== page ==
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Harry Hertz


I Have a Wicked Dream

No, not that kind of wicked

Published: Tuesday, January 10, 2023 - 12:03

Yes, I have a wicked dream. No, not that definition of wicked—I mean wicked in the sense meant by scientists when they discuss “wicked problems.” Wicked problems are those that typically involve a combination of technical, social, and economic challenges. Wicked problems are daunting. They’re complex with many interdependencies. Typically, their solution involves collaboration among people with different technical disciplines and different self-interests.

The realization that what I have had for years is a wicked dream hit me recently when I read an article in the July-August 2022 American Scientist, “The World Needs Wicked Scientists.” It’s the basis for much of the information presented below.

My wicked dream is about a world in which every geographic community is a community of excellence. Why is creating a true community of excellence like solving a wicked scientific problem? Let me share some of the characteristics of a wicked scientific problem, and you’ll see the parallels to achieving communities that are vigorous and resilient.

Wicked problems

Wicked scientific problems aren’t narrowly defined by a need for interdisciplinary scientific research. They’re shaped by broader challenges that affect society. Examples include curing cancer, addressing climate change, and solving population health or food insecurity.

Wicked problems:
• Resist simple solutions
• Create tensions among potential solvers
• Have a political component
• Are always changing or evolving
• Are hampered by limited imaginations
• Suffer from different perceptions of the basic problem being addressed
• Are multicausal
• Are connected to other wicked problems
• Have interim solutions that aren’t good or bad, but better or the best for now
• Are rarely solved completely

Wicked problem solvers

Wicked problem solvers are a unique group of interdisciplinary thinkers. They accept and celebrate interim successes. They enjoy collaborative thinking.

Wicked problem solvers:
• Are action-oriented
• Aren’t afraid to make mistakes and learn from them
• Love a challenge
• Recognize that they’re key stakeholders as well as solvers
• Work well with a diverse group of collaborators and stakeholders
• Are committed for the long term
• Are adept at systems thinking

Communities of excellence

Back to my wicked dream. Imagine a world in which every community is characterized by good health, no poverty, a vibrant economy, and a great quality of life. That is my wicked dream. Achieving that dream requires addressing wicked problems and requires wicked problem solvers who meet all the requirements described above.

Fortunately, there are now 25 pilot communities and many contributing community problem solvers who have taken up the challenge. They have banded together in a learning collaborative, Communities of Excellence 2026. I have been fortunate to serve on the faculty of this collaborative.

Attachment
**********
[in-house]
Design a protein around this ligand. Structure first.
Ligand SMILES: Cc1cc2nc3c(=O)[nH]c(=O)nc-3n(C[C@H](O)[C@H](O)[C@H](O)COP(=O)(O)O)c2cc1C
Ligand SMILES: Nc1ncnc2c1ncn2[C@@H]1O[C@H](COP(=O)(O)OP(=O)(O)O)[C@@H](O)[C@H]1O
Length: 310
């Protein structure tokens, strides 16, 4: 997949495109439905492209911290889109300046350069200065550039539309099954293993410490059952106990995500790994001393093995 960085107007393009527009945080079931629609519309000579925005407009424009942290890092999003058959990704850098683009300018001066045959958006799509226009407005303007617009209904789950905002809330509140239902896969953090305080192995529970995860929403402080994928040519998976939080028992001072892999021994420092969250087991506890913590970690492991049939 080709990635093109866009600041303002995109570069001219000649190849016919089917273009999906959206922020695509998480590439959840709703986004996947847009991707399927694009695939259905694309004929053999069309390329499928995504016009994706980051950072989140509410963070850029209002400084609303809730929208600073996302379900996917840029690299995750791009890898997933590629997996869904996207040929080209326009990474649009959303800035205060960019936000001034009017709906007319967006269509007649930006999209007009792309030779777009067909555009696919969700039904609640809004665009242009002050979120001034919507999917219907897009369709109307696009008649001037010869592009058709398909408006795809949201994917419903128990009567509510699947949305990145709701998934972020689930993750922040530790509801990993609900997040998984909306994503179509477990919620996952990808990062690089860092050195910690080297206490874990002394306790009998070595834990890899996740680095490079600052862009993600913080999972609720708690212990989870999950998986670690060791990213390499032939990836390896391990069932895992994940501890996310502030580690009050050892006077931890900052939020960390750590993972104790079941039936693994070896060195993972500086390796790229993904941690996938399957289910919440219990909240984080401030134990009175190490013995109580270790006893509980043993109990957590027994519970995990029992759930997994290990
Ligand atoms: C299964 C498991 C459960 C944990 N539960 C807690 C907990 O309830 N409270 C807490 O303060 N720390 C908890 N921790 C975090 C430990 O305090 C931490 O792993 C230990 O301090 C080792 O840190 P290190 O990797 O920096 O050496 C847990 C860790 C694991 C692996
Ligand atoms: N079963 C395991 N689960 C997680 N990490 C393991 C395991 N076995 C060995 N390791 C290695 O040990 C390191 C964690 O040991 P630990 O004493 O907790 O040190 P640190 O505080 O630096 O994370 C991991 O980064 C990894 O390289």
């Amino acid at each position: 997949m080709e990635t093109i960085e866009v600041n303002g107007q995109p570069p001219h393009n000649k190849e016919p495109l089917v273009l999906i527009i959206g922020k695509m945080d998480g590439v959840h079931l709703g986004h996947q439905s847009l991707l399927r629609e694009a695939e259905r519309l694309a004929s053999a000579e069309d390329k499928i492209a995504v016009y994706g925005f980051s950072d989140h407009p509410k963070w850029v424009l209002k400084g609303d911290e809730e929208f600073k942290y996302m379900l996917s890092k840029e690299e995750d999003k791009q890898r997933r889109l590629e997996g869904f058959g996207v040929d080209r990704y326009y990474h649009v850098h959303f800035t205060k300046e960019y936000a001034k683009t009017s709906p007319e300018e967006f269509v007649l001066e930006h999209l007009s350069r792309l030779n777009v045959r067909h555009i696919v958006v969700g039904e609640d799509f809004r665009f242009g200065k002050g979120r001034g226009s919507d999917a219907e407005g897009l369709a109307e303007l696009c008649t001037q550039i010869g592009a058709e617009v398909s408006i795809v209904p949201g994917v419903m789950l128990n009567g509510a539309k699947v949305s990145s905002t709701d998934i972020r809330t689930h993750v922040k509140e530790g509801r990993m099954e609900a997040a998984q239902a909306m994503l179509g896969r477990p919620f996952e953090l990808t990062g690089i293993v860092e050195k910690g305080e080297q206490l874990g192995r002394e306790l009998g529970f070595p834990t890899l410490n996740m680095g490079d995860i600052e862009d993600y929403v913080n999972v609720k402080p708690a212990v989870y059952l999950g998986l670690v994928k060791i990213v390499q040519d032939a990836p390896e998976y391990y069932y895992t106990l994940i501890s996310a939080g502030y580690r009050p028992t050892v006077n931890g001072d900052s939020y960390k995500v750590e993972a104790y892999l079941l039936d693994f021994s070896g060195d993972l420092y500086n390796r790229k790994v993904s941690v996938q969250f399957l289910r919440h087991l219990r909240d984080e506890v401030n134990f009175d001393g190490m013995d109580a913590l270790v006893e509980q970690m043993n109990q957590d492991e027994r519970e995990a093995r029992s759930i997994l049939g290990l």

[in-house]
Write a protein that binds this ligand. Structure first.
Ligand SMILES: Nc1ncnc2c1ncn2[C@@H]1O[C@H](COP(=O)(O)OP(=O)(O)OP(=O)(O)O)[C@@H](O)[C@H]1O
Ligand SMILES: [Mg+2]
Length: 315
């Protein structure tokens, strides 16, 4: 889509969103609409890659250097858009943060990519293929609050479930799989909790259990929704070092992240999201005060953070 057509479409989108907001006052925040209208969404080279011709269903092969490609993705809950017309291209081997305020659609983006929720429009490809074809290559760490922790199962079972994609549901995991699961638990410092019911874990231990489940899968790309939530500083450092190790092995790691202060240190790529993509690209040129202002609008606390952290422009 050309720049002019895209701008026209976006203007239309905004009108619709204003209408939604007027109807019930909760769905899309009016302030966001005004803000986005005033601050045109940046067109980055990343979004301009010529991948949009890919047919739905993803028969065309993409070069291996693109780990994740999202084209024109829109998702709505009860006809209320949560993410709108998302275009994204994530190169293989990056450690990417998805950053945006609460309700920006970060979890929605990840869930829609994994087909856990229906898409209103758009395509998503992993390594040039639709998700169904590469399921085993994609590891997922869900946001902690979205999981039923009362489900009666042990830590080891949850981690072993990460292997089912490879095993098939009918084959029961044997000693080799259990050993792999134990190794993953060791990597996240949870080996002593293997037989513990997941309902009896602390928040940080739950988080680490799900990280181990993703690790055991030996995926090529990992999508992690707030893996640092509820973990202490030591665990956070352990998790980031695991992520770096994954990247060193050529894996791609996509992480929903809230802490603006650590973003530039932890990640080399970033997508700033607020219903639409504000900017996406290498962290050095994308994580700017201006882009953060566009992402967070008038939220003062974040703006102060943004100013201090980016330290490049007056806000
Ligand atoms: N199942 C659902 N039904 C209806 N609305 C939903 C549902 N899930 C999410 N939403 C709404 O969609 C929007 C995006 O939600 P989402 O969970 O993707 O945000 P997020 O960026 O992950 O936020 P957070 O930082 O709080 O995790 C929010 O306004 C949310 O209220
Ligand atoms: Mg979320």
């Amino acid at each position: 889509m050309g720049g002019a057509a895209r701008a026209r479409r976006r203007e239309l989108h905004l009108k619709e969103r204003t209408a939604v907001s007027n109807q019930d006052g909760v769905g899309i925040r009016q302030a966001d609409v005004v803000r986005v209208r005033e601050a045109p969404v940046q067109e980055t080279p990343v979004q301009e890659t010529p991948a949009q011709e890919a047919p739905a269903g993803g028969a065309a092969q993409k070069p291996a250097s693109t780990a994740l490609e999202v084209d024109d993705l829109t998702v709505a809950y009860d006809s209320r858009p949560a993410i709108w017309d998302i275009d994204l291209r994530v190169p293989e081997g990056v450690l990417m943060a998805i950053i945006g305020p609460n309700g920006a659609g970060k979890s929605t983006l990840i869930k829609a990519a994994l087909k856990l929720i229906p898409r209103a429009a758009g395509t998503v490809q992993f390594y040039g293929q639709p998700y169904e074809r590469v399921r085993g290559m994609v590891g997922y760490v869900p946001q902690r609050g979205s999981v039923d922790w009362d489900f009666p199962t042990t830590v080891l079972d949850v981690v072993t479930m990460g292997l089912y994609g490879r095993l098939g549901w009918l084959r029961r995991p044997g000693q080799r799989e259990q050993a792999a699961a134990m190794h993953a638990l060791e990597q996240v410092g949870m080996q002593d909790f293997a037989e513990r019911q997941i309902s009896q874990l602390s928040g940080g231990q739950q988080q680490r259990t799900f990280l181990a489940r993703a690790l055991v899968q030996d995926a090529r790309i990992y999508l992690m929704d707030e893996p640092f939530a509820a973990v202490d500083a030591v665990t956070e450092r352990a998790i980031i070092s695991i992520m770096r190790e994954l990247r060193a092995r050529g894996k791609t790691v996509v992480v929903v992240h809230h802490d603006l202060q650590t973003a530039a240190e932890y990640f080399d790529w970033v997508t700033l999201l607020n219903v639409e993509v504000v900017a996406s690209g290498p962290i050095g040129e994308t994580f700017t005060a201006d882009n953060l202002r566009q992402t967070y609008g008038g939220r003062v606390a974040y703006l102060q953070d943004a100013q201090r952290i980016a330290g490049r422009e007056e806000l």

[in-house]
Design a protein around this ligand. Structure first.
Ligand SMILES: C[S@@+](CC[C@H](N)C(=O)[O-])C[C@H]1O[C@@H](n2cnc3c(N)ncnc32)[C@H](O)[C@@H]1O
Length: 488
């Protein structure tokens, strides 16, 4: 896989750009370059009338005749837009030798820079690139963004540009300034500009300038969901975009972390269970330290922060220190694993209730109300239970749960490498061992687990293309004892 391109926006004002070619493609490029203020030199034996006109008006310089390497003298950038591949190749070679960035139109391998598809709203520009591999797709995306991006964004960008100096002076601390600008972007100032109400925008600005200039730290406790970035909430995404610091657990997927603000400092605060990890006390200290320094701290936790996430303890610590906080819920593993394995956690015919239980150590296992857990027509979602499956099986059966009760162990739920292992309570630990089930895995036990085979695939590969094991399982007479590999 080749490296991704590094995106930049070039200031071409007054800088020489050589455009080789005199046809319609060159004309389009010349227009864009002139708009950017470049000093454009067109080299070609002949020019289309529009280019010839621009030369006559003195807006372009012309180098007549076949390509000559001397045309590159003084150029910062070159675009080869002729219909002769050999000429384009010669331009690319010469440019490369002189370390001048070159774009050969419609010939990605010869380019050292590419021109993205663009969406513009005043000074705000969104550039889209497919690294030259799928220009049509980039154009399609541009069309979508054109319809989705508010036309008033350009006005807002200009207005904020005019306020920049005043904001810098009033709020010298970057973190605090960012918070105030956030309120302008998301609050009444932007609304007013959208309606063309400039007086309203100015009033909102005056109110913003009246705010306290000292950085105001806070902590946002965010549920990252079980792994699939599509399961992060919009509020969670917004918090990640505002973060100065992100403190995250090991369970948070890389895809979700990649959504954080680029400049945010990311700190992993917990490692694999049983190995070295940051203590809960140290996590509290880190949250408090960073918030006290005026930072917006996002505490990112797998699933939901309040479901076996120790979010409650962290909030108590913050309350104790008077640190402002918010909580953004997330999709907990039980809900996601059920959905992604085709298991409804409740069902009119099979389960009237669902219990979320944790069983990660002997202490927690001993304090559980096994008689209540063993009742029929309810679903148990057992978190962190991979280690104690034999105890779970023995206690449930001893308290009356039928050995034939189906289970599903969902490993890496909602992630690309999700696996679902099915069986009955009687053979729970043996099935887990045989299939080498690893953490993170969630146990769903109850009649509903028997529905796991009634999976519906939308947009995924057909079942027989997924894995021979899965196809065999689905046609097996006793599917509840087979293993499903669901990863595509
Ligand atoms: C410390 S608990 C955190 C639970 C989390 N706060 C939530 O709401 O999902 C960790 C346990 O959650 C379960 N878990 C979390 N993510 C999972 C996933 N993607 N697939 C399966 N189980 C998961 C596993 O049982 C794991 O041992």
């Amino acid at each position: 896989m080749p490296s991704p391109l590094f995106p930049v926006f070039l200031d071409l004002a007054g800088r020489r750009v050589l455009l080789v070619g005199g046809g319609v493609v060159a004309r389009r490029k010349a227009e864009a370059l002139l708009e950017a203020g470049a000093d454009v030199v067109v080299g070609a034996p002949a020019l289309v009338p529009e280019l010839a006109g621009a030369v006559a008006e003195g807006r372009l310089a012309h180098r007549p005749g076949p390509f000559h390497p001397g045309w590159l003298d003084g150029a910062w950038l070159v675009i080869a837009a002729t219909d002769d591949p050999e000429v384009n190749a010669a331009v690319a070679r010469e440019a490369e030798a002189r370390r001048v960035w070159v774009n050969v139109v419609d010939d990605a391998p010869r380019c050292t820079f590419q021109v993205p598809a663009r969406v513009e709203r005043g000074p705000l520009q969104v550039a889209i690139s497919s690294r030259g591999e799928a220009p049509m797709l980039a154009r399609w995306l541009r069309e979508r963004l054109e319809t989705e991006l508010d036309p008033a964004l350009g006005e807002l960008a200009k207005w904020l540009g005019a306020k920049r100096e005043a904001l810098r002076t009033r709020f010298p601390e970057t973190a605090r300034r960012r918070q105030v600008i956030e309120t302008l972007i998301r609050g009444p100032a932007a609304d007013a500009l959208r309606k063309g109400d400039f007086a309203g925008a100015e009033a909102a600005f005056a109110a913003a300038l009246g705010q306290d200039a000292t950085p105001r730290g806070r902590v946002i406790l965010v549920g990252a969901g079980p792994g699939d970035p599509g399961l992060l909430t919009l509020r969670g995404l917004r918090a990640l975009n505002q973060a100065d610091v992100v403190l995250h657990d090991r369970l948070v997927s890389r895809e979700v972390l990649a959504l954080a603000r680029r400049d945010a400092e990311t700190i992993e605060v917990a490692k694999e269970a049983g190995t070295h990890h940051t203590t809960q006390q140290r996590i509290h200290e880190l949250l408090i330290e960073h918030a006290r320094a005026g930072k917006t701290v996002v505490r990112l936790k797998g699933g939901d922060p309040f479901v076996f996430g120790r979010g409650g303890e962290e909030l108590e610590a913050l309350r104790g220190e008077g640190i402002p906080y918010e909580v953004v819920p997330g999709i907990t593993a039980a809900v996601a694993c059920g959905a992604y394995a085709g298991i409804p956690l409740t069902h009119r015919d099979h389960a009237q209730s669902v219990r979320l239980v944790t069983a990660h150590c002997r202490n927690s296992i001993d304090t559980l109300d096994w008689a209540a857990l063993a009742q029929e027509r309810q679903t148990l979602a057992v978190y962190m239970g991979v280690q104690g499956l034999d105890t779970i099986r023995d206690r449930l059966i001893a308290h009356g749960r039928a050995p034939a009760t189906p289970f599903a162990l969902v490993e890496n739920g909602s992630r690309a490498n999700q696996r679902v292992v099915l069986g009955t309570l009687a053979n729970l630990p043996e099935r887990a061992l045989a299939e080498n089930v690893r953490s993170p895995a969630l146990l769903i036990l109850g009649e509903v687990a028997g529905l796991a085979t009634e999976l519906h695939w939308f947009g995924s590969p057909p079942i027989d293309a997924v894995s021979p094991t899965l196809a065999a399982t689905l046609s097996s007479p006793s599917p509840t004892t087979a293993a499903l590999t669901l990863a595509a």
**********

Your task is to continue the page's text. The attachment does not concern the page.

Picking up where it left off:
While all these communities know the challenges they face and the interim victories they have achieved, I believe the characteristics of wicked problems and problem solvers has helped me gain a new perspective on communities of excellence. Our challenge is just like many other wicked problems, and we’re not alone in wanting to solve these problems.

There is progress

Credit: Communities of Excellence 2026

I recently returned from the Communities of Excellence 2022 Fall Conference. I returned refreshed and exhilarated by the progress I saw. There were communities that responded to crises, such as the pandemic, as a team and brought holistic solutions for their inhabitants. They were building true community resilience. They each have a solid mission, vision, and values that guide their community leadership (both elected and volunteer) and engage their community members in action. These communities have scorecards that allow them to measure their progress. They have strategies and action plans to achieve their objectives. (And many of them realized they weren’t as great as they imagined when they started the journey.)

Equally important, they have a framework document, based on the Baldrige Excellence Framework, to guide their journeys. Furthermore, on Aug. 9, 2022, the CHIPS and Science Act of 2022 was signed into law, authorizing communities as the seventh category eligible for the Malcolm Baldrige National Quality Award. This is the first big step toward the future implementation of this award category.

Would your community benefit from addressing its wicked problems? Consider joining the next cohort of Communities of Excellence 2026. In the meantime, get your community organized and explore some of the tools available to you through the Communities of Excellence 2026 website.

First published Nov. 29, 2022, on Blogrige: The Official Baldrige Blog.


About The Author

Harry Hertz’s picture

Harry Hertz

Harry Hertz retired in June 2013 from the National Institute of Standards and Technology (NIST), where he had served as director of the Baldrige Performance Excellence Program since 1995. For more than 15 years he was the primary architect of the Baldrige Criteria for Performance Excellence, responsible for expansion of the Baldrige Program and Award to healthcare, education, and nonprofits, including government. Hertz serves on the advisory group for VHA’s Center for Applied Healthcare Studies, and on the adjunct faculty of American University. He has a bachelor’s degree in chemistry from Polytechnic Institute of Brooklyn, and a Ph.D. from M.I.T.